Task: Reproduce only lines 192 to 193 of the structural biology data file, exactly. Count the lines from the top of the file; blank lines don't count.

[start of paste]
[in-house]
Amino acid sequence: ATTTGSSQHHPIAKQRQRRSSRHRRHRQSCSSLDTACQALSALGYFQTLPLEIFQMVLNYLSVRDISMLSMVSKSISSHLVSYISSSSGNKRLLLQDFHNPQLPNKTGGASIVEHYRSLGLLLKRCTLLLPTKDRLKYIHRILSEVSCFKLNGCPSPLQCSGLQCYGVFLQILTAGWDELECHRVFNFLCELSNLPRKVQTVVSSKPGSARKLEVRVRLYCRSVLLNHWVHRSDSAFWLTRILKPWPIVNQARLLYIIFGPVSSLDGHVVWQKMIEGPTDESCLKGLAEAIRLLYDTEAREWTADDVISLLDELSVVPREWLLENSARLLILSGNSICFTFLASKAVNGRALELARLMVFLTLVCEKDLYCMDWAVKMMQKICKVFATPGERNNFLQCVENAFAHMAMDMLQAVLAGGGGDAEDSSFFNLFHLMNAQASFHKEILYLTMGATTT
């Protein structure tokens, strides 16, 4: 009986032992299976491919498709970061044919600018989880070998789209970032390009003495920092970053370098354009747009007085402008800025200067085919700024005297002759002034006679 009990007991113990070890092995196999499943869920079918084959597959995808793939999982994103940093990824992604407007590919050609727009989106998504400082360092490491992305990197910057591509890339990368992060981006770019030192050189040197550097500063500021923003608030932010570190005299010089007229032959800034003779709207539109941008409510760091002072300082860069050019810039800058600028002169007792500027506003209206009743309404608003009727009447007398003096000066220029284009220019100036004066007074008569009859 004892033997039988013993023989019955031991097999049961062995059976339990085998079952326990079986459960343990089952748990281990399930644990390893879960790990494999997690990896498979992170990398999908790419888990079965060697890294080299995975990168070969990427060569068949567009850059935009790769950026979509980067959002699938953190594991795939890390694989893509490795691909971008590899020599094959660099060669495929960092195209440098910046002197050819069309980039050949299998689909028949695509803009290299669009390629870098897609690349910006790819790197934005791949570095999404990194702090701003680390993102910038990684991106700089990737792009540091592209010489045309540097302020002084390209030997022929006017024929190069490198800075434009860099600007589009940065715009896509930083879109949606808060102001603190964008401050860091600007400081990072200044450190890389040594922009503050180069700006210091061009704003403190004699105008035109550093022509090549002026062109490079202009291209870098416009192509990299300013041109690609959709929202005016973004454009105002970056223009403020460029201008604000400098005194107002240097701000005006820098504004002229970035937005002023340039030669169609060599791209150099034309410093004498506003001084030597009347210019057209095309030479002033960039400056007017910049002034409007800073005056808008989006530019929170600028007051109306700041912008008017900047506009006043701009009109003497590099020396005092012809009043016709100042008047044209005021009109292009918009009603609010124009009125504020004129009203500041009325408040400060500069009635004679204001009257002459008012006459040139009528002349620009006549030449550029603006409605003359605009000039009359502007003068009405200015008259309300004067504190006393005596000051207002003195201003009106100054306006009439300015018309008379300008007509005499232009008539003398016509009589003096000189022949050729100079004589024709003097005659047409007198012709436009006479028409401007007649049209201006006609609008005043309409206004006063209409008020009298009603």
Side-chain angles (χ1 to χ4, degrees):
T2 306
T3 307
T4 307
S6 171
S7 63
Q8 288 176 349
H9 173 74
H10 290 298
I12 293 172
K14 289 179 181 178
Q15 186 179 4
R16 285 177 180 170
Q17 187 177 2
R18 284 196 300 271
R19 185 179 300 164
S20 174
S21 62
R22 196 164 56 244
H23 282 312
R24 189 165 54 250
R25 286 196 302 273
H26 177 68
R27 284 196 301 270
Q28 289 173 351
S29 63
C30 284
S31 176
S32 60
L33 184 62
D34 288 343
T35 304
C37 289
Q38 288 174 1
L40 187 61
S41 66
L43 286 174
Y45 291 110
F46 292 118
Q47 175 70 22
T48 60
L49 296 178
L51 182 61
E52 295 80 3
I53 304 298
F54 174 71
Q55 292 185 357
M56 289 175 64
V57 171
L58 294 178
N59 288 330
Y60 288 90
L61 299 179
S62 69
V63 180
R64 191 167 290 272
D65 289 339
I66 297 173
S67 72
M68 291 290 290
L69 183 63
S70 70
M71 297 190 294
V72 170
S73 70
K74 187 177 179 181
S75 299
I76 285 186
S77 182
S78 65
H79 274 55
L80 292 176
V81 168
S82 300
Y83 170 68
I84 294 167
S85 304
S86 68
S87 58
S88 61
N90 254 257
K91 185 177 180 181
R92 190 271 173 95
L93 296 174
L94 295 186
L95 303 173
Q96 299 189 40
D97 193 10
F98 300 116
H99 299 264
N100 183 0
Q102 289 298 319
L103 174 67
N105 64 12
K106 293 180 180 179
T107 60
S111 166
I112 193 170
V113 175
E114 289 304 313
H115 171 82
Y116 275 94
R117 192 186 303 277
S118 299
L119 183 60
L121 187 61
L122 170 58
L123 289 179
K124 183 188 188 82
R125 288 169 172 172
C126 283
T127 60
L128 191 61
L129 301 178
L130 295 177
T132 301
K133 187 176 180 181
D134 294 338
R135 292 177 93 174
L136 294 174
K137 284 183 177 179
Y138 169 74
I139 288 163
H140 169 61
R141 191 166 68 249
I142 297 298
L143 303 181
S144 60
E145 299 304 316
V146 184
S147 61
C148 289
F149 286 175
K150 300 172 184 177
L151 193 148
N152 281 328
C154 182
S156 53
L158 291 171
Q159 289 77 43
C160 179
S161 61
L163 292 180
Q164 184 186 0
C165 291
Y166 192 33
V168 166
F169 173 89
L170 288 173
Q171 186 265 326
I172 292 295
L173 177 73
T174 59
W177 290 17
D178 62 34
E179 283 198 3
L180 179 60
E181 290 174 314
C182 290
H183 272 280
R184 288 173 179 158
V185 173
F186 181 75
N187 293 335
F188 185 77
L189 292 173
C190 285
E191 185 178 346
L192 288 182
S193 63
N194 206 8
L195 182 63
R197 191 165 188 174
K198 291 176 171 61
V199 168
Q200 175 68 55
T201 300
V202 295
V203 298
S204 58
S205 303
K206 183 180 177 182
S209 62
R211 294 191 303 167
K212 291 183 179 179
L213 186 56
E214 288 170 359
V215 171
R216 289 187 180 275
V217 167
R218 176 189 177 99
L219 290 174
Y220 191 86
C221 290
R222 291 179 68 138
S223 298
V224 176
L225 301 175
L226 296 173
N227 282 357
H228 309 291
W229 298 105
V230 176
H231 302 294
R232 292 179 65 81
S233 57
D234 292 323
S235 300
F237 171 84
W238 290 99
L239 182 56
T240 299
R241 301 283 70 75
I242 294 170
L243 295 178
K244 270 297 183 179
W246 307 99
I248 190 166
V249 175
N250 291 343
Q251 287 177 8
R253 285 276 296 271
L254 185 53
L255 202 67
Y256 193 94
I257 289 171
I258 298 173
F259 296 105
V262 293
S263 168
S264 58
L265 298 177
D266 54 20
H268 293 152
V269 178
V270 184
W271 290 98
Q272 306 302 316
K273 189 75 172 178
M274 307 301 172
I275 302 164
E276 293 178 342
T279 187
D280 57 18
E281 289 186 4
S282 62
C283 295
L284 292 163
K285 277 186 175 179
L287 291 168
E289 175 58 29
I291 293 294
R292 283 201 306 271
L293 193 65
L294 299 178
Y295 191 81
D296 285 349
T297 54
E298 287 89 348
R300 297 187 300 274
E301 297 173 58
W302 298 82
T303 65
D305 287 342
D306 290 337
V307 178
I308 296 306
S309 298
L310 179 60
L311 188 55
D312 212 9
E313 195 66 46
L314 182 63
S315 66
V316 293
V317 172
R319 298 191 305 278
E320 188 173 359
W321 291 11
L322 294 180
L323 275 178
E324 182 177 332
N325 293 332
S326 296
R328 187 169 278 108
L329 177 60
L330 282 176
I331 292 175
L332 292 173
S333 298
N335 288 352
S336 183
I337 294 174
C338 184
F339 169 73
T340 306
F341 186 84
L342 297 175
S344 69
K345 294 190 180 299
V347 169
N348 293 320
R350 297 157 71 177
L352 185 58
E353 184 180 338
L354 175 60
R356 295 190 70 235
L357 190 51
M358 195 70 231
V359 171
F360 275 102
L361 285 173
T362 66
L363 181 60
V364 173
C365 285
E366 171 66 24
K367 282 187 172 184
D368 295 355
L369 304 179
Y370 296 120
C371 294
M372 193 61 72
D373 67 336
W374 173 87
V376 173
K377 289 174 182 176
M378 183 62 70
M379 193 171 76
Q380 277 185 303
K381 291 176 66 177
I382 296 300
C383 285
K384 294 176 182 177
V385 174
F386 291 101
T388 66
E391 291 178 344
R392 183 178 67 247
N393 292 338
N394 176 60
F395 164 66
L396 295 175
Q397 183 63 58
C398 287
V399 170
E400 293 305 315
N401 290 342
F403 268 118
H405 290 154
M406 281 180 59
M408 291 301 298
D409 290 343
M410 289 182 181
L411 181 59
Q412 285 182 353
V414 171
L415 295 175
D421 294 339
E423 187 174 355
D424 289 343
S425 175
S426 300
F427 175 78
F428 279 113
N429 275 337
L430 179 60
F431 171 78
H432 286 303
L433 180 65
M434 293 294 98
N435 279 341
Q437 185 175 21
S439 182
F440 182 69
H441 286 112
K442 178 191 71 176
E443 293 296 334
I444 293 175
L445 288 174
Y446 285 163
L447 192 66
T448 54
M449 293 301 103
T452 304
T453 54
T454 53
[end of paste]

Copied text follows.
R216 289 187 180 275
V217 167